Change is coming to Northeast 82nd Avenue, as it is everywhere. The avenue is transitioning from a place to pass through to somewhere to spend time. How and when that will happen are questions that animate city planners, such as Radcliffe Dacanay, project manager for the city of Portland’s 82nd Avenue Study.
At the corner of Northeast 82nd Avenue and Sandy Boulevard, many of the issues facing the avenue are encapsulated in a single glance. Safety is a genuine concern for residents in the Madison South neighborhood, Dacanay said, gesturing toward the Heights at Columbia Knoll, a senior living community. Seniors and their neighbors deal with narrow, crumbling sidewalks and an enormous, complex intersection with confusing markings. One corner of it is dominated by a business that keeps many tires behind a fence. “And maybe they don’t want to look at tires,” Dacanay observed.
The city’s 82nd Avenue Study aims to better understand the barriers to development in the corridor. It is focused on engaging businesses and property owners and seeking their thoughts and ideas about near-and long-term change in the corridor. The Study complements the Oregon Department of Transportation’s 82nd Avenue of Roses Implementation Plan, but it is separately funded.
Planners have put a lot of effort into finding out what residents and businesses want. The interests of businesses and residents must be balanced, the pace of change should be understood and residents’ wishes are running up against “the fact that this is a highway.”
Dacanay likened the focus areas of the Implementation Plan—the Madison South, Montavilla, Jade District and South of Bybee neighborhoods—to “emerging villages,” like small towns all over the country where the highway turns into the main street. The communities along 82nd Avenue are hoping for just that sense of identity, Dacanay said.
The Jade District and Montavilla are leading the way. In Madison South, “the market is not quite here yet,” Dacanay said. “It won’t be this year or next, but it is coming.” Small, local business is desirable, but unless a big “catalyst developer” comes along, change is going to be gradual. “It starts with a coat of paint,” Dacanay said. Food cart pods are another step in the right direction.
Some businesses are happy as they are, so the city needs to find incentives to create change— “swaps,” Dacanay called them—for laying new, wider sidewalks; using space more efficiently; and sometimes for using it at all.
The 7-Eleven on the corner of Northeast 82nd and Siskiyou is a shining example of a clean and modern facility, with a wide, smooth sidewalk around it. But there is a vacant lot in view of it. Nearby restaurants, mostly mom-and-pop businesses from an earlier cycle of development, have more parking capacity than seating capacity. They could widen their sidewalks and even plant a few trees, presumably, if they had the incentive.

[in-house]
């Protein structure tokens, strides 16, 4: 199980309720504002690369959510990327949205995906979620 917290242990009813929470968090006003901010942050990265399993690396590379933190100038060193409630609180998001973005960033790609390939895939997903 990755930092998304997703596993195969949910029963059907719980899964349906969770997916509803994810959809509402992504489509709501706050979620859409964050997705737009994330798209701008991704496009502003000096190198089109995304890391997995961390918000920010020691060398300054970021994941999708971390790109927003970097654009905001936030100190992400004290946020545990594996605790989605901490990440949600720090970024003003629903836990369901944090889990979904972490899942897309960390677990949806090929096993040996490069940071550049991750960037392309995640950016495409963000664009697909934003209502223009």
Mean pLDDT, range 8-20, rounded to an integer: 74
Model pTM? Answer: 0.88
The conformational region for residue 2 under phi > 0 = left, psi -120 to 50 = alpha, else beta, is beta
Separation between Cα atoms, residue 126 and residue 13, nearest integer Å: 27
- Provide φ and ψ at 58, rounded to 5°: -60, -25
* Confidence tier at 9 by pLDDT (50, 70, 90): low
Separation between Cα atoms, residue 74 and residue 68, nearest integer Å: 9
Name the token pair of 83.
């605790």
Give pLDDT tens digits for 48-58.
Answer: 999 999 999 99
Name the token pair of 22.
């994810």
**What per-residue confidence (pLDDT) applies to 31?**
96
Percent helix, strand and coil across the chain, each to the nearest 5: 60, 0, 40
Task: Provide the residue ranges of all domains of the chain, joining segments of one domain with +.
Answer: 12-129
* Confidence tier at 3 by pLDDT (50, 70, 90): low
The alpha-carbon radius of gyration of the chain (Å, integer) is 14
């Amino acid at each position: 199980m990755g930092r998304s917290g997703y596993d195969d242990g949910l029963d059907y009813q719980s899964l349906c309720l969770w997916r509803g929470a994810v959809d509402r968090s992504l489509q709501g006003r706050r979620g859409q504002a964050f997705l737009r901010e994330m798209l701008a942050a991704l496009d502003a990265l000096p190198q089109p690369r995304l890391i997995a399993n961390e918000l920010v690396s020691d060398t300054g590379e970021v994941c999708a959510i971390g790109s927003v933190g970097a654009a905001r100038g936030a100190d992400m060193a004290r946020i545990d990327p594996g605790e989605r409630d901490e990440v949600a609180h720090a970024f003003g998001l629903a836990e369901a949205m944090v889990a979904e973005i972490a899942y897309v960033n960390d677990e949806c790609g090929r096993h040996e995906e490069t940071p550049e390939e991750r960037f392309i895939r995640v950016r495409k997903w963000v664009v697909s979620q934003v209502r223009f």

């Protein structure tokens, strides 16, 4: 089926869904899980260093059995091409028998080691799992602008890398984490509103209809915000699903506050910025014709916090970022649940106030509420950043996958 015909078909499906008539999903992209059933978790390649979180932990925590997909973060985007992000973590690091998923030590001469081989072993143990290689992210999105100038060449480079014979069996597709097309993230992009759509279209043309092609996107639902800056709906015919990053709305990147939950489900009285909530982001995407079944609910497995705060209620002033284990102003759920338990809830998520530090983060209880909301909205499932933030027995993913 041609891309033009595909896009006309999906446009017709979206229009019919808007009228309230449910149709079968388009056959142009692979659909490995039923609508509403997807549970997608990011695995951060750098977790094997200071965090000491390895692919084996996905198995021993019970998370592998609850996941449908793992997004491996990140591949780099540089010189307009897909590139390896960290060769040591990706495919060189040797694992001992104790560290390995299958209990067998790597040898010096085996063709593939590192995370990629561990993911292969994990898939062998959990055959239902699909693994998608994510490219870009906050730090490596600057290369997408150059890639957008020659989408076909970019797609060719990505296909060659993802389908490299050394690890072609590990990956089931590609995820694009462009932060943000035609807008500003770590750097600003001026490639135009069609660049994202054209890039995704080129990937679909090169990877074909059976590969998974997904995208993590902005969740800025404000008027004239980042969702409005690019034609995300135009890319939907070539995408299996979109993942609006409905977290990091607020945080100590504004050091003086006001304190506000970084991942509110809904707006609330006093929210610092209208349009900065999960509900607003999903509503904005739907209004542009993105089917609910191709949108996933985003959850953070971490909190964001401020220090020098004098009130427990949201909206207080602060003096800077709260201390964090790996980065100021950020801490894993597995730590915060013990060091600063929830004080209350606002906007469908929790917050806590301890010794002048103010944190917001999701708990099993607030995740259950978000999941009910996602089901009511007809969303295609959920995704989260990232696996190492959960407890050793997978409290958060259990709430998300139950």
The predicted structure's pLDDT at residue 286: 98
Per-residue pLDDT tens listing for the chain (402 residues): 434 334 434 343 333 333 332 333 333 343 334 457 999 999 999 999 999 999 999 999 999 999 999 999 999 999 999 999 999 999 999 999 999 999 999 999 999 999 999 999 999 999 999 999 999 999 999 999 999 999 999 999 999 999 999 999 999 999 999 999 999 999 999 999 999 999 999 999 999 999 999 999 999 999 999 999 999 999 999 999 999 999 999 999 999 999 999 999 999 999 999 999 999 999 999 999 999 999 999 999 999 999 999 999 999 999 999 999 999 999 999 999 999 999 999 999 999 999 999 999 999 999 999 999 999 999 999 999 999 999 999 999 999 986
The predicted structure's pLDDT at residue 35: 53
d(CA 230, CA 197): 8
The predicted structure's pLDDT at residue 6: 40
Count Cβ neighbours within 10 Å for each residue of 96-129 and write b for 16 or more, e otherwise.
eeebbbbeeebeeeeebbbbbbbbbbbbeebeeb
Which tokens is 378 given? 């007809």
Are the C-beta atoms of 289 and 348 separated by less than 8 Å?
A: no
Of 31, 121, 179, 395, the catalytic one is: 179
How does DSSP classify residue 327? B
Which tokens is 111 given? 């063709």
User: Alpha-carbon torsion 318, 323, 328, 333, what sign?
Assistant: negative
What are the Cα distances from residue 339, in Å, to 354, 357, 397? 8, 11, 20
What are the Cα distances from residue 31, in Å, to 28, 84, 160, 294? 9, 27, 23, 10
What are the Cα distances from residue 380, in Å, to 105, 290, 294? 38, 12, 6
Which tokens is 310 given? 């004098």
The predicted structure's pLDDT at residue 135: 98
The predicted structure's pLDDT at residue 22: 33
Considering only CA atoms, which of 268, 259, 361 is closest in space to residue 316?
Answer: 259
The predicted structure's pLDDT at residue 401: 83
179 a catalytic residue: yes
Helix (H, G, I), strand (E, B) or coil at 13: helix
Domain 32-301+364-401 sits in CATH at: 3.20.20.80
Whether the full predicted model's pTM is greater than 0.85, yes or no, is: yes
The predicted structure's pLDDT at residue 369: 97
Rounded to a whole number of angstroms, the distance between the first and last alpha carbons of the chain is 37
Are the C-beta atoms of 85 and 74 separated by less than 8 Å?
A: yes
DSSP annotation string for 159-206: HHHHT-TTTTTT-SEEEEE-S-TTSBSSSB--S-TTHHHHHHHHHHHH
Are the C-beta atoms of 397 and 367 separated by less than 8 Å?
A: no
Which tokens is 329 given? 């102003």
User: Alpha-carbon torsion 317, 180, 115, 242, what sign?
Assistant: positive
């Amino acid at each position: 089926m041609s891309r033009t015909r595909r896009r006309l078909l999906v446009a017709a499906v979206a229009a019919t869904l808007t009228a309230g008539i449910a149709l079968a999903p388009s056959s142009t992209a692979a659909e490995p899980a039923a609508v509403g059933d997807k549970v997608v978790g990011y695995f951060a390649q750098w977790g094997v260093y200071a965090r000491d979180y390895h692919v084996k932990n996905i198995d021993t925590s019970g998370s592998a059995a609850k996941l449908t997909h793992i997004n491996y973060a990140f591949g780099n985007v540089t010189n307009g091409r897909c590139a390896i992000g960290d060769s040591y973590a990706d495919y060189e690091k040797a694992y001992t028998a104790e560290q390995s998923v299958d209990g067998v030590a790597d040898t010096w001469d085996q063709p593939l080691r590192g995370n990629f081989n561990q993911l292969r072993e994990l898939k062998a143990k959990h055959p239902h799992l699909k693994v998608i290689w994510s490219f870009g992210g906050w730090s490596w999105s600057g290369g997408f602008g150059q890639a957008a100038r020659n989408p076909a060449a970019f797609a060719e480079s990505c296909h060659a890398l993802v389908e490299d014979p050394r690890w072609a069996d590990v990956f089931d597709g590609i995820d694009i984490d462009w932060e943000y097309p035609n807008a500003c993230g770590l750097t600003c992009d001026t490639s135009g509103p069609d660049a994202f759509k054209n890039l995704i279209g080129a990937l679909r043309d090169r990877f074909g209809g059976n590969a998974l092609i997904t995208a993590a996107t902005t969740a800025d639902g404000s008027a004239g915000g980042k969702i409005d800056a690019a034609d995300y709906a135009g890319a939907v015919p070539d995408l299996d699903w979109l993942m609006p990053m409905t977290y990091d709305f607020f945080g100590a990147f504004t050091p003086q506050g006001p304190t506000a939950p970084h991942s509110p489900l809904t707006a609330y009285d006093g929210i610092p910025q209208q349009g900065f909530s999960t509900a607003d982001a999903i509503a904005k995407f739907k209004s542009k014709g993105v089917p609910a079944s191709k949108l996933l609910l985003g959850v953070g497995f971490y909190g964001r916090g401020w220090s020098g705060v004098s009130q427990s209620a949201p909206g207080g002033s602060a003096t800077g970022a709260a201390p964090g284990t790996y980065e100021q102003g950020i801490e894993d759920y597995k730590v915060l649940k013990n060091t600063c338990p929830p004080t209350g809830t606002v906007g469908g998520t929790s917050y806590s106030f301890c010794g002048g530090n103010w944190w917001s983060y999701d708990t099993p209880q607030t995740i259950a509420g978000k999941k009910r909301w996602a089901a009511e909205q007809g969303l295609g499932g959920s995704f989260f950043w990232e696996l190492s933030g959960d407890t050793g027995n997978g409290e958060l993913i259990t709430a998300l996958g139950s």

A large part of a city planner’s job is judging time and expense. Change achieved in ten years is a good showing for urban development. “We don’t have a gazillion dollars to do things,” Dacanay said, adding that the tax system does not incentivize development. He felt better about city regulation though. Making developers jump through hoops ensures that their projects correspond with the public interest, he pointed out.
While the need and desire for major changes on Northeast 82nd Avenue are natural, residents need to have realistic expectations for the pace of change, and they need to understand its consequences. The call for improvement without gentrification is a headache for city planners (just try to tell the difference), but that is clearly a worry for the future. The community that is emerging on the avenue in Madison South is being shaped by small moves.
Even the smallest move can be complex, and people tend to be more understanding of the problems involved when they see the costs of things, Dacanay pointed out. Pedestrian safety improvements, for example, have a wave of repercussions for surrounding traffic controls and can cost upwards of $1 million. A 10-foot stretch of sidewalk costs nearly $2,000.
Dacanay, whose passion and optimism are undoubtedly valuable job skills, compared the city to a baby. You embrace it at some point and it’s perfect, at least to you. Then it changes, like it or not. That is no less true in Madison South. Northeast 82nd Avenue has a heritage and, as problematic as that may be now, it is a more colorful heritage than many streets of the city have. That will remain part of its identity no matter what its next incarnation looks like. The avenue’s grittiness will take on a rosy glow when it is relegated to tales beginning with, “When I was a kid …”
In the meantime, competition for highway repair money is tough, and the 82nd Avenue Study and the Implementation Plan have no funding behind them. With great passion and optimism, planners are working with residents, business owners and developers; encouraging public engagement and prioritizing changes to come; and preparing for talks with decision makers.
Dacanay can be reached at firstname.lastname@example.org or 503-823-9713.